This is the item referred to by Marc Peterzell on the history page.



The village, located in a flat hollow and on a hill made of shelly limestone, is one of the 70 locales in Germany’s southwest, which are named after monks’ enterprise that controlled the income from the widely scattered property of a monastery. These villages were built in the 7th or 8th century A.D. In addition to the popular folklore, a disk grave in the spruce fields provides proof of this early birthdate of Peterzell. The mother monastery of the monks’ enterprise is still unknown, but the latest research points to Gengenbach in the lower Kinzigtal, which was, in turn, probably founded by Pirmin in the 8th century. There is a saga of Peter the monk, who discovered the spring below the church by walking upwards along the Zellerbach. The Benedictines’ monastery Gengenbach sold its property in Römlinsdorf to its sister monastery in Alpirsbach in 1422.

In 1275, Peterzell was mentioned in a document for the first time in the famous Liber Decimationis, the tax book of the diocese of Konstanz. The church, whose patrons are also the patrons of Gengenbach, Petrus and Paulus, was an averagely endowed vicarage compared to its neighboring churches. According to the fragment of a late medieval calendar, a Duke of Teck and his wife Ute may have been the founders of this church and its vicarage. This could explain their close connection to Gengenbach, which was once under the authority of the Dukes of Zähringen. After 1218, their property belonged to the Zähringian side line of Teck, which gained extensive property in the upper Neckar area centered around Oberndorf in the 13th and 14th century.

It is not known exactly when the Peterzell church came to the Counts of Hohenberg. However, we know that Marshall Wolfram sold it with the approval of Count Rudolf I (1302-1366) in 1316 to the monastery Alpirsbach, which gained the church as well 30 years later. In 1337, the growing abbey acquired “the lain good of Peterzell and the court, people and all rights, money and profits which belong to it” from Mr. Rüti, ministers of the Dukes of Teck. Fourteen years earlier, Johannes of Brandeck had sold his property in Breitenwies to Alpirsbach, which had already acquired the property of Falkenstein in Hönweiler in 1297. In 1416, the abbot was able to acquire the remaining property of the three from the patrician family Häck (Haug) of Rottweil, so he became the only Judge, Feudal Lord and Serf Lord of Breitenwies, Hönweiler and Peterzell. The remains of a fish pond dam in Hönweiler, which supplied the monks with their favorite Lenten meals until 1714, are a reminder of the monastery.

In conjunction with the reformation of the monastery, Peterzell became part the Dukedom of Württemberg for good. One of the first priests, Ulrich Rumler (1555-1560), had been a serf in 1535, when he was a monk in Alpirsbach. Around the middle of the 16th century, Peterzell took over the administrative functions of Reutin beneath Hönweiler, including responsibility for the Breitenwieser’ Farm and Römlinsdorf; five of the 24 farms belonged to his staff (Eich, Birk and Greut farm and two Lindenbruch farms).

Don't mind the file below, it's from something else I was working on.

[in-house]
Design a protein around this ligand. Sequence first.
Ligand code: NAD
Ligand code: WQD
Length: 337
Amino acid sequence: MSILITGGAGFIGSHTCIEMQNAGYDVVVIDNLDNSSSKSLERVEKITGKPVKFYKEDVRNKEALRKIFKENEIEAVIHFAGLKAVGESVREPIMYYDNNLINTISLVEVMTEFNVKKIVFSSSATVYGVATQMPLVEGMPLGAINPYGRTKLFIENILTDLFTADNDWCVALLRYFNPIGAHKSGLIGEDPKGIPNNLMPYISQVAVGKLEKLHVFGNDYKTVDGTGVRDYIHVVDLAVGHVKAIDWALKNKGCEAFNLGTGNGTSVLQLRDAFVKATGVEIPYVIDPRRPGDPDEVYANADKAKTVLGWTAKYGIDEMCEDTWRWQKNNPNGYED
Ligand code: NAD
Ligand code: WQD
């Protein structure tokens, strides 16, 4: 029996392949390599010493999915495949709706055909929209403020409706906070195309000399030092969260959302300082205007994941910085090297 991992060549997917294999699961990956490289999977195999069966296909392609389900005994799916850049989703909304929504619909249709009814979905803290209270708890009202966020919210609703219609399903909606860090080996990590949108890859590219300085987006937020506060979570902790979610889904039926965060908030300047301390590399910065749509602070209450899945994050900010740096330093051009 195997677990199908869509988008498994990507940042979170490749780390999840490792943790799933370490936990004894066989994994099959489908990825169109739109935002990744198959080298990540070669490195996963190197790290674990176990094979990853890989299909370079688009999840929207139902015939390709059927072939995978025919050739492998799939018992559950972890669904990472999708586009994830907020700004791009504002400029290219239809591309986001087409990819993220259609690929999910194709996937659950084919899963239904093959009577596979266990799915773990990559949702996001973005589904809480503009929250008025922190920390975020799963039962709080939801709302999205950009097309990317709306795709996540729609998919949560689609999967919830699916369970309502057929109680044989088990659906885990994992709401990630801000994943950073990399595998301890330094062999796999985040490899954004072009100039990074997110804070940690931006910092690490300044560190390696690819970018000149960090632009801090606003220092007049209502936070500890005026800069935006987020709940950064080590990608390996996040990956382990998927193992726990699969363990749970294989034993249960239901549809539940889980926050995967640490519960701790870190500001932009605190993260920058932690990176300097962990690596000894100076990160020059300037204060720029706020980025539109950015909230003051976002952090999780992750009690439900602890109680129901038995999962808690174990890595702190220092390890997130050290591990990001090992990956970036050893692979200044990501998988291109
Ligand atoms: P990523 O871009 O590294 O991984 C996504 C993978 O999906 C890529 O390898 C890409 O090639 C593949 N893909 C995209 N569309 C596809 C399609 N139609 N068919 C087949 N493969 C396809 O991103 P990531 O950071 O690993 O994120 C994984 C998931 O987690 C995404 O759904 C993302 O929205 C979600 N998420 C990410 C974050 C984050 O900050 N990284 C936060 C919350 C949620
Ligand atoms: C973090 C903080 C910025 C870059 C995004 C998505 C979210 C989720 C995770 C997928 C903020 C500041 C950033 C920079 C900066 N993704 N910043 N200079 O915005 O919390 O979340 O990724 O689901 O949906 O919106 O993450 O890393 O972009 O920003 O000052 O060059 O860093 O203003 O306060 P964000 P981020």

The 30 year war hit the village very badly. The losses of Peterzell after the battle of Nördlingen (1634) ran up to 5,000 fl (96,000 fl loss to all the monastery’s property), so that one year later, the administrator had to report to Stuttgart: “More than a half of the men were lost . . . of horses and cattle, nothing is left…”. The loss of population did not stabilize until 1681, but in 1653/54 lessons were held at school again. The Visitations Report of 1742 described Peterzell as “a very little village, but with good cattle breeding”, and Hönweiler as “a little hamlet, consisting of five wealthy farms and three mills”. The wealthiest man was Johann Georg Trick (1764-1840), who could pay 100,000 fl in cash for his farm on the Rossberg with its big forest, and who was additionally able to acquire two farms in the Kaltenbrunner Valley. He associated on the same level with Duke Friedrich, the first King of Württemberg. In his day, his father, Andreas Trick (1722-1788), had already been able to afford to donate an organ to the church of Peterzell. The old vicarage was replaced by a new one in 1712. Its dignified half-timbered construction is still a special jewel of the village. It has a precious collection of books of the 17th and 18th century, thanks to a longtime schoolmaster of Peterzell, Johann Friedrich Heyd (born in Dornham in 1766).

After the abolition of the church establishment of Württemberg in 1805, Peterzell initially continued to belong to the now secular office of Alpirsbach; but in 1810 it was transferred to the head office in Oberndorf. In 1833, the school building and the town hall, which had already replaced another one, were rebuilt. Since 1962, this building has only been used for the administration of the village; the school is now located in a new building with a modern multiple-use-hall.

The legal and economic reforms of the 19th century led to freedom of trade on one hand but, on the other hand, they destroyed the old fiefs of the monastery and were partially responsible for the poverty caused by bad harvests (weather and pestilence) forcing many inhabitants to emigrate, especially to the U.S. With the reformation of the counties in 1938, Peterzell was referred to the county of Rottweil. During the further reforms of 1972-1974, Peterzell was integrated into the county of Freudenstadt. This restored century-old connections. In additional to the traditional farming and forestry, since the end of World War II, Peterzell is also home to polymer processing, a middle class industry.

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